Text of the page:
Tuesday, July 18, 2006





On Monday I came back from a short mini visit to Acapulco. Old harbor with fantastic landscapes (a mixture of Punta Cana and Capri), multicolored ocean and eternal sunsets, harbor of stories and romance. In our hotel, with 80% occupancy, the view from our room saved us from fainting from the numerous families, their children yelling, the older grandmothers striving to walk behind them, then stopping to nap in the sun. In our 8th floor, we had the harbor before us, crowned to the left with a majestic rock. The rock colonized with stout trees and grass of the darkest leaves. Three layers of color outlined the skirts of the continuous, never-ending ocean and the sound of each wave brought the idea of a foreign breeze on our face. You cannot really stand still under the sun for too long, its rays penetrating like daggers of a furious God. My skin, while dark, is sensitive and delicate, and cannot withstand the Acapulco beams. I tried to get the summer bronze tint but instead my skin was spotted and ruined, only calmed down with a layer of oat and honey that my mother’s hands carefully prepared a few days later. The light is nevertheless welcome, and the open sky a refreshing change from the incessant New York monsoons. I stood in the corner of our balcony and took the sky in every morning.

Unfortunately, Acapulco is now drowned with tourists that are unable to respect and treasure the beauty of the place. They trash it with Styrofoam cups, plastic bags stained with coconut juice, beer cans, containers of their latest pleasures, forgotten hairpins and pieces of paper with fancy advertisements to restaurants near the beach. They destroy it with carelessness, ignorance of their past and future memory. Undeniably, Mexicans seem to lack nostalgia of their natural welfare, they forget the pristine swim of marine turtles and the elegance of the coral reefs, long gone from Acapulco, transformed into sad souvenirs and tan oils. They forget how the fumes and sounds of their motors interrupt the life aquatic, and they all simply live the moment of ephemeral joy, biting ravenously on the local fruit, washed down with the national rum. Foreigners abuse the timid land and boast their exotic status with rampant nights and days at expense of the landscape and its inhabitants, disrespectful of the locals.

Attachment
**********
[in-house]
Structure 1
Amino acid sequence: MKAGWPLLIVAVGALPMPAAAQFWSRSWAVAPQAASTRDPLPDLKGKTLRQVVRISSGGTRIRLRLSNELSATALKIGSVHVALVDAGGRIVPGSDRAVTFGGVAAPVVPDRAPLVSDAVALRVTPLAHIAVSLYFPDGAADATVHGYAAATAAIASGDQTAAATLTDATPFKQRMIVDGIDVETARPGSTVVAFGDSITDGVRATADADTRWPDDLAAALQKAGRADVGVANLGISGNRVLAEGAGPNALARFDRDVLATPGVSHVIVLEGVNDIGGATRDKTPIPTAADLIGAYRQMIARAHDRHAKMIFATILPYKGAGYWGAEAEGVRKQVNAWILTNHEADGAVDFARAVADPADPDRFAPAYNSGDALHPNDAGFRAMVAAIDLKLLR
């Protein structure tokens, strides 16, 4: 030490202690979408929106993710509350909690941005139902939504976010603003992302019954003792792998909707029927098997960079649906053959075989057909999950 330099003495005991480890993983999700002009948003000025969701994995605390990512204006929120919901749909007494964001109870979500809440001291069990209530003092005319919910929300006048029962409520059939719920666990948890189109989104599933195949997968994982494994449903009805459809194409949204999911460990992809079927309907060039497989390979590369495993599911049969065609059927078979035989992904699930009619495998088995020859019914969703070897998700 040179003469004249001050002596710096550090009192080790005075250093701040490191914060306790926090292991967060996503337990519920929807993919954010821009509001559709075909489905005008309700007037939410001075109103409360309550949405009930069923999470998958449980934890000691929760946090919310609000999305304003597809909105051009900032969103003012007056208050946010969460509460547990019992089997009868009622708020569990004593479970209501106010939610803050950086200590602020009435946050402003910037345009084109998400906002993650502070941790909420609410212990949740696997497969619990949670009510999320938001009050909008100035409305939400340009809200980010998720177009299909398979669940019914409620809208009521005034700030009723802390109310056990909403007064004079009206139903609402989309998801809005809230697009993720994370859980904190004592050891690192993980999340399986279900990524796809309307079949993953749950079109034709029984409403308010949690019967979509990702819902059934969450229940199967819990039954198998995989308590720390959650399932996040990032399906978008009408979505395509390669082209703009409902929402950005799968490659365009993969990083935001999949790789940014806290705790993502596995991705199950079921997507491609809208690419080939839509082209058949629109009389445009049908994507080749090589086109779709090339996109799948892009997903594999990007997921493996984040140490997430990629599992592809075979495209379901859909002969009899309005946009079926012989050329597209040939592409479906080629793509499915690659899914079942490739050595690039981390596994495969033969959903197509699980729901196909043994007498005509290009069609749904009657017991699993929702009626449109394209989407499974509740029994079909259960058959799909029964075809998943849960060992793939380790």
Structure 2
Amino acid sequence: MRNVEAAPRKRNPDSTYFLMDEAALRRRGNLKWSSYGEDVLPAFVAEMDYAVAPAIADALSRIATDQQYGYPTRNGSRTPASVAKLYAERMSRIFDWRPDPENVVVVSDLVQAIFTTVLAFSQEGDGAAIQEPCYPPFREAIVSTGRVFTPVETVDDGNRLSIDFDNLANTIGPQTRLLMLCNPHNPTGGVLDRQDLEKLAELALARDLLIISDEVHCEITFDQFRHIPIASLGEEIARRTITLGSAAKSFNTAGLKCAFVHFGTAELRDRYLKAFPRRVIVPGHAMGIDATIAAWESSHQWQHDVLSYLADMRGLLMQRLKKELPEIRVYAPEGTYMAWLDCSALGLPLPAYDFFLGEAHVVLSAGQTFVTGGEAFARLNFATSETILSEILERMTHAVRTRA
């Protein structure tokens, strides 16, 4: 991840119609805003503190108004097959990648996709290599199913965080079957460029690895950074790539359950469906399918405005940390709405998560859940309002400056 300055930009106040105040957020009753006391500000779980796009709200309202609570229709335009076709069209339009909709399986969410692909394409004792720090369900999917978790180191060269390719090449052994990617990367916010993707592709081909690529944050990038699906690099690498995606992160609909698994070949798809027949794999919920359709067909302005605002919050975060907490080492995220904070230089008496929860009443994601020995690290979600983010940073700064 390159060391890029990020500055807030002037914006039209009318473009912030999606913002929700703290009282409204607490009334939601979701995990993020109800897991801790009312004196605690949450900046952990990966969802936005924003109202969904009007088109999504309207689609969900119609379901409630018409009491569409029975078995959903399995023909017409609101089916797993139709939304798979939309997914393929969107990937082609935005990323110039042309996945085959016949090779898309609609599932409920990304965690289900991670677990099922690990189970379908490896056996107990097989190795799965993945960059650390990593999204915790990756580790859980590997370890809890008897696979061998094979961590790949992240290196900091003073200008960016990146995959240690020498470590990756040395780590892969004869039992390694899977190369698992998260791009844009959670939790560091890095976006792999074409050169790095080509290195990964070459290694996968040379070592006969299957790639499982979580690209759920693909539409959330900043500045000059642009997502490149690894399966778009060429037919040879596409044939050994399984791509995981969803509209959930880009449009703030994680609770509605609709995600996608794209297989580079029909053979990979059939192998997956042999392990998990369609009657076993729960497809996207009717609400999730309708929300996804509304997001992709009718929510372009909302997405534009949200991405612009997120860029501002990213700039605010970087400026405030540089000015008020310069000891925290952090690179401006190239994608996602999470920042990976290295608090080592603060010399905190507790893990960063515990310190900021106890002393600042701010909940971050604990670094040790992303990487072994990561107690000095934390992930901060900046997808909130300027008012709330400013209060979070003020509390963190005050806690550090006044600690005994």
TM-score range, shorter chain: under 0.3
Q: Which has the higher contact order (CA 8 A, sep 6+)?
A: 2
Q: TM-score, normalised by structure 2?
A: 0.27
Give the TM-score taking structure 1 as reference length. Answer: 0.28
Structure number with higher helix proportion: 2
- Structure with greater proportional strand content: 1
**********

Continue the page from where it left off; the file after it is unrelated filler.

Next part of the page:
I tried to ignore all that, and turned back the ocean for consolation. I also turned to my little sister, who I sometimes play with as my adopted daughter. She is 7 and quiet at first, her thin body framed by abundant hair. She holds my hand, smiles when I look at her, and giggles uncontrollably when I become her charging horse or the sneaky snake that traps her toes in the swimming pool. I pay attention to her moves and wonder how I was when I was 7, what I thought of and what I learned. Esmeralda –an unexpected name for a sister- is going on to 3rd grade while she runs to catch the foam of the latest wave, and tells me about her fancy graduation to celebrate her good grades and artistic creations while in school. I am happy to see her, and while I still struggle to interact with my father’s new wife, I’m embedded in the family matter of a small vacation. I finally relax from my everyday routine and my life abroad, lately overwhelmed with stress and duties, on my road to graduation. A vague feeling of a subway New York ride fades with the feeling of the sand massaging my bare feet. My worries of the recent presidential elections dissipate as I sip from my coconut and pineapple mix, and turn to smile to my sister again.

Just before we came back into the city, we made one last stop, a striking yet melancholic goodbye to Acapulco: the divers of La Quebrada, an impossible cliff with torrential waters below, where small and muscular men jump simultaneously, their bodies falling in a perfect curve. It is dark, the moon is above us in 45-degree angle, it illuminates the expectant faces of the crowd below. We can only sense the divers, stretching and concentrating in a tiny edge of the cliff. They remind me of unbeatable goats that climb the highest mountains on their tiptoes. Each diver needs to land among the small space within the sharp rocks, no room for mistakes or their lives end there, with an almost poetic drowning within the currents. They are dark until they turn on a set of lights that shines gently on their silhouettes, a few seconds before their Thespian jump. Where and when did they think of this affair, imitating seagulls in flight in an almost divine occurrence? Who are they and where were they born? Do they wake up in their sleep amidst imaginary cliffs? do they sit silently during the day, anonymous until night? I looked up at the dark void of the ocean below us, extending there, far, almost like a quiet whisper before each wave against the rocks, and waited for them.

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